The idea of presumption in the late-sixteenth century. A study of Jacopo Menochio’s De praesumptionibus (1587)
What is a presumption, and why was this argumentative form so current in the period from the late 16th c. to the early codifications?
Beginning from a text-based inquiry on Jacopo Menochio’s treatise De praesumptionibus (1587) and a constellation of similar works published at that time, this research seeks an answer (i) in the rationalisation of judicial practices that demanded verifiable and logically appropriate patters of reasoning in deciding upon facts; and (ii) in the growing need for normative statements expressed in an impersonal presumptive form.
Methodologically, this study attempts to bring to unity the multidisciplinary thinking of early-modern jurists in the cusp of law, moral theology, rhetoric and natural philosophy. This is the ambitious attempt is to explain the methodological evolution that connected the fluid legal systems of the ius commune to early 18th-century codifications.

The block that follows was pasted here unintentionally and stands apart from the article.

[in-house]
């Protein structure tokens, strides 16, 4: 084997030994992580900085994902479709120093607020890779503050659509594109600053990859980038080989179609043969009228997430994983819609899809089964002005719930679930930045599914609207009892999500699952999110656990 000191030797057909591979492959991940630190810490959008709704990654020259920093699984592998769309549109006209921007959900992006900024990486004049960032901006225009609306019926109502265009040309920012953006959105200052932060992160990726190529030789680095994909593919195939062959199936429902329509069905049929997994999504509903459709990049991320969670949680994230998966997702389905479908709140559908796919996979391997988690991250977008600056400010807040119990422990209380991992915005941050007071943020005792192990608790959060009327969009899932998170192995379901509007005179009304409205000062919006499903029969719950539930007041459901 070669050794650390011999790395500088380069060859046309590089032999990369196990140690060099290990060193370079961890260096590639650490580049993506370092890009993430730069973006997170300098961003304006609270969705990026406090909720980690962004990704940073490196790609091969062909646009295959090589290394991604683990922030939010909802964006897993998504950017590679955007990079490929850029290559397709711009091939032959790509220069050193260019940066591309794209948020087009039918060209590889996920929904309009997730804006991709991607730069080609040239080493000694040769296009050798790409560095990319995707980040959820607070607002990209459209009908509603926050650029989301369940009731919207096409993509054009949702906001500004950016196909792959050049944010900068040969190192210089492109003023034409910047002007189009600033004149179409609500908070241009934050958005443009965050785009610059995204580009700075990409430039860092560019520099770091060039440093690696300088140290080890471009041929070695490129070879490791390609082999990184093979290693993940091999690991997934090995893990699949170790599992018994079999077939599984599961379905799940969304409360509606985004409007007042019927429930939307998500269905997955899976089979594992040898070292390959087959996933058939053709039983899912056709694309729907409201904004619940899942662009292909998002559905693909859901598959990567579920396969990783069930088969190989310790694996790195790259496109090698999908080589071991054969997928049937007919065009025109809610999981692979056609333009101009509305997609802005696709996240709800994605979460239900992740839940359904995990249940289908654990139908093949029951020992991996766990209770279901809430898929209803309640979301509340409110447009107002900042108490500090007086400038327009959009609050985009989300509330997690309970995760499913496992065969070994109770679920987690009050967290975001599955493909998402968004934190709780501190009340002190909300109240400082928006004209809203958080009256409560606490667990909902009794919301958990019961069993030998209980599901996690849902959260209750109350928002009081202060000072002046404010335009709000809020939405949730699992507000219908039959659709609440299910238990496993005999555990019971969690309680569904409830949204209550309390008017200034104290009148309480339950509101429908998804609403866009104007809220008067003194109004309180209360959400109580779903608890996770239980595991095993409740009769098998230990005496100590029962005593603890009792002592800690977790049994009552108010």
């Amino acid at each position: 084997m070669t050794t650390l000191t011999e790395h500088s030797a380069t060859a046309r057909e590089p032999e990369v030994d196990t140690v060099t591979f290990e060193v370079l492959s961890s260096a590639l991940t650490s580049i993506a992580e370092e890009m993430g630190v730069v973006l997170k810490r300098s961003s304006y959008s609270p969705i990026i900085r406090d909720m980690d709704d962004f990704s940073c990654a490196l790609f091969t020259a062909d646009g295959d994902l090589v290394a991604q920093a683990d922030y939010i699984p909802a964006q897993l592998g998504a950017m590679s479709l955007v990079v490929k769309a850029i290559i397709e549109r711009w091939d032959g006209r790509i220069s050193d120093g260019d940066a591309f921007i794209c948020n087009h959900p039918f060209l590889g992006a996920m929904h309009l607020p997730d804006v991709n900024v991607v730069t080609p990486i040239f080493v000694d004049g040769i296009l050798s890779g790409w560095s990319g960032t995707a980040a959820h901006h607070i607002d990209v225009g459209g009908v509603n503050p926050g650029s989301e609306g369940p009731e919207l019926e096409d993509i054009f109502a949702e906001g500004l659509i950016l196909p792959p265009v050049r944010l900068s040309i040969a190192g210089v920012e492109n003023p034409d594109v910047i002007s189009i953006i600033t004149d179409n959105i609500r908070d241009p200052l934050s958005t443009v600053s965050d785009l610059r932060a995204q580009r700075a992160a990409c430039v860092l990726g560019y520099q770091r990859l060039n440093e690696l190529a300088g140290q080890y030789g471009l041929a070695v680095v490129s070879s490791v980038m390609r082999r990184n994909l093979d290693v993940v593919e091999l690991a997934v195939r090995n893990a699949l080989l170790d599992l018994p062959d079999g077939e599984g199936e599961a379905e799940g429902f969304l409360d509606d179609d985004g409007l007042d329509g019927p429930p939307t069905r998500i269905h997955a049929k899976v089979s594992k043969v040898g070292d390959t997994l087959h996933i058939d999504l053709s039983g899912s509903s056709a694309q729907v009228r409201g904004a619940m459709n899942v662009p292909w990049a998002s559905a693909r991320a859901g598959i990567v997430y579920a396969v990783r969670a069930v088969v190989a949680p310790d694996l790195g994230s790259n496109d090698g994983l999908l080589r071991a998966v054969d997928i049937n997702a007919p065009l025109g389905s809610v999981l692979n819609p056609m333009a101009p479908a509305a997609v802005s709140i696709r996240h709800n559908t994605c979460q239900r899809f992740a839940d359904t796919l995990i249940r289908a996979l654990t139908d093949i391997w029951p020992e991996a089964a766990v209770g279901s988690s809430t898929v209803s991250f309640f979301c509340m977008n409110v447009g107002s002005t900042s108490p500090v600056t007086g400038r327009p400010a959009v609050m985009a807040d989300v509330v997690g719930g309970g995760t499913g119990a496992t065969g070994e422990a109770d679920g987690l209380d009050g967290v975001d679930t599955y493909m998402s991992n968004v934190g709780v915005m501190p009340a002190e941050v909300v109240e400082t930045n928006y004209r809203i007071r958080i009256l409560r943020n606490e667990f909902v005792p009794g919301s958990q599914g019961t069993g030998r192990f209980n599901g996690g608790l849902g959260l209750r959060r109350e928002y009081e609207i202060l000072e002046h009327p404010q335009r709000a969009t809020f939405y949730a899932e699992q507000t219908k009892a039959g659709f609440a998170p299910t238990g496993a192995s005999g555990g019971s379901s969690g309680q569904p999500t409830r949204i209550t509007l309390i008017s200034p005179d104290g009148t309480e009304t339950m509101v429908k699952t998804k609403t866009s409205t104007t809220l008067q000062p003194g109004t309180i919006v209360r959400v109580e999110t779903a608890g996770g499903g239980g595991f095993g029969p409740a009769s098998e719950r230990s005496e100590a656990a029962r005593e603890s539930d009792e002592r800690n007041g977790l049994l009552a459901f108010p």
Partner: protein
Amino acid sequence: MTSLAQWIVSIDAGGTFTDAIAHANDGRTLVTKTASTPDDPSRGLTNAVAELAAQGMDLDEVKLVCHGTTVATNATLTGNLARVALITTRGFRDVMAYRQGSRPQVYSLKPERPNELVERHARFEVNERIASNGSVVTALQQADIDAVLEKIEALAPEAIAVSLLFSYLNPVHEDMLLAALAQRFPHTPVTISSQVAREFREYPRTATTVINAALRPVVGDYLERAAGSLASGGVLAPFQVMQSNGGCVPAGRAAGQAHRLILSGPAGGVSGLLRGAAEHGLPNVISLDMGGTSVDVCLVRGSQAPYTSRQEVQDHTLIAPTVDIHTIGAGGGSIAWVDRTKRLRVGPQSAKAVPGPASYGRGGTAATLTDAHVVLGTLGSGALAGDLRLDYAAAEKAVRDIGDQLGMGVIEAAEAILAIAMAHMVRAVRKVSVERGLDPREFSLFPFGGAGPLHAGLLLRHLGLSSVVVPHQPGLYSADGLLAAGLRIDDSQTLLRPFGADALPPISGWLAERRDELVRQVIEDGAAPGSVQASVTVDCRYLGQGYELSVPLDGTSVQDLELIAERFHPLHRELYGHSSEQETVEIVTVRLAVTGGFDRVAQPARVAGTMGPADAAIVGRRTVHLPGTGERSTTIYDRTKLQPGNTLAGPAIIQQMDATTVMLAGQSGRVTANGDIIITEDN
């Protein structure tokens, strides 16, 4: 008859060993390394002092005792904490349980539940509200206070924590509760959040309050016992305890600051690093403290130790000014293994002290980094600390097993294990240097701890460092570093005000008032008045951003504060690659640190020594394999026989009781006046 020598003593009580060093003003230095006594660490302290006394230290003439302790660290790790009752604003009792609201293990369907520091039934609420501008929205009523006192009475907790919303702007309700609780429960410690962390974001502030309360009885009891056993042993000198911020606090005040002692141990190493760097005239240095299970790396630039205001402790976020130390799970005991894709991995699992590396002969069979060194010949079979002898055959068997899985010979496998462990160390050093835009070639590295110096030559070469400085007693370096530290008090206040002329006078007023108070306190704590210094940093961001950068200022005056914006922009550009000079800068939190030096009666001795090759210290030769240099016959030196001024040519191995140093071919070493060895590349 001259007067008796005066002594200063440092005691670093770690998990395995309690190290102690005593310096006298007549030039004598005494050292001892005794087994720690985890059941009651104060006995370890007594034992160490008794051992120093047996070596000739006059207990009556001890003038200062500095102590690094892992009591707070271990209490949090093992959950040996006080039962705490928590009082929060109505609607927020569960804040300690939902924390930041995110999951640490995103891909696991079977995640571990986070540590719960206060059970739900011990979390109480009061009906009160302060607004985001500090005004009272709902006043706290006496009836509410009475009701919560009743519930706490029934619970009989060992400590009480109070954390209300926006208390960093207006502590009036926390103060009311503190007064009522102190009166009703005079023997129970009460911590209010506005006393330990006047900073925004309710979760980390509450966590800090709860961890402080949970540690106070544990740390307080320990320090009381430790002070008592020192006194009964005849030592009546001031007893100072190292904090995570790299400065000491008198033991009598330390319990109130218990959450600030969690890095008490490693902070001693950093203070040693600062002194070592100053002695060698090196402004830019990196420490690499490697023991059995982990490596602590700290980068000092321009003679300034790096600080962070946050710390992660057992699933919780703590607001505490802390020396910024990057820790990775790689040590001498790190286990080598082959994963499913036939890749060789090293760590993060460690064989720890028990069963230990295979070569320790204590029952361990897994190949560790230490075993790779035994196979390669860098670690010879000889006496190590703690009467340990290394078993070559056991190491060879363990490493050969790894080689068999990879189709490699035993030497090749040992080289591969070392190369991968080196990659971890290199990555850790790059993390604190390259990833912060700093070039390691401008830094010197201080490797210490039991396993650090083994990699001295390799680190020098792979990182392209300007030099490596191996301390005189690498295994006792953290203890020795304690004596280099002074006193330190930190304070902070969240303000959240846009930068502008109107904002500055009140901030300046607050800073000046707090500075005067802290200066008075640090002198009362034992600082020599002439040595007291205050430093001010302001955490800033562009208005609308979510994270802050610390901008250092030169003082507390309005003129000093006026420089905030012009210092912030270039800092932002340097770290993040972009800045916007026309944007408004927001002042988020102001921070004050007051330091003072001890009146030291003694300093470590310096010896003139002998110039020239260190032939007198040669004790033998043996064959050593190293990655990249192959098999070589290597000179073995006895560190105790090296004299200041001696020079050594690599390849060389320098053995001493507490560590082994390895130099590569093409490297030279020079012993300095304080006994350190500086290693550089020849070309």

Chapter 1500-1650, in: Western Legal Traditions (series Ius Commune Casebooks, Oxford, Hart Publishing), project directors R. Van Rhee, S. Masferrer and S. Donlan, Other contributors: J.L. Halperin, J. Vanderlinden, D. Heirbaut, O. Morétau and others.
Hermann Kantorowicz as a philosopher of language. A research on Kantorowicz’ Definition of law (1939)
Ius commune europaeum and the crisis of legal science, 1930-60
What a legal historian can learn from the neo-Thomist revival of John Poinstot’s Tractatus de Signis (1632-34)
What is information? Answer: non-testimonial knowledge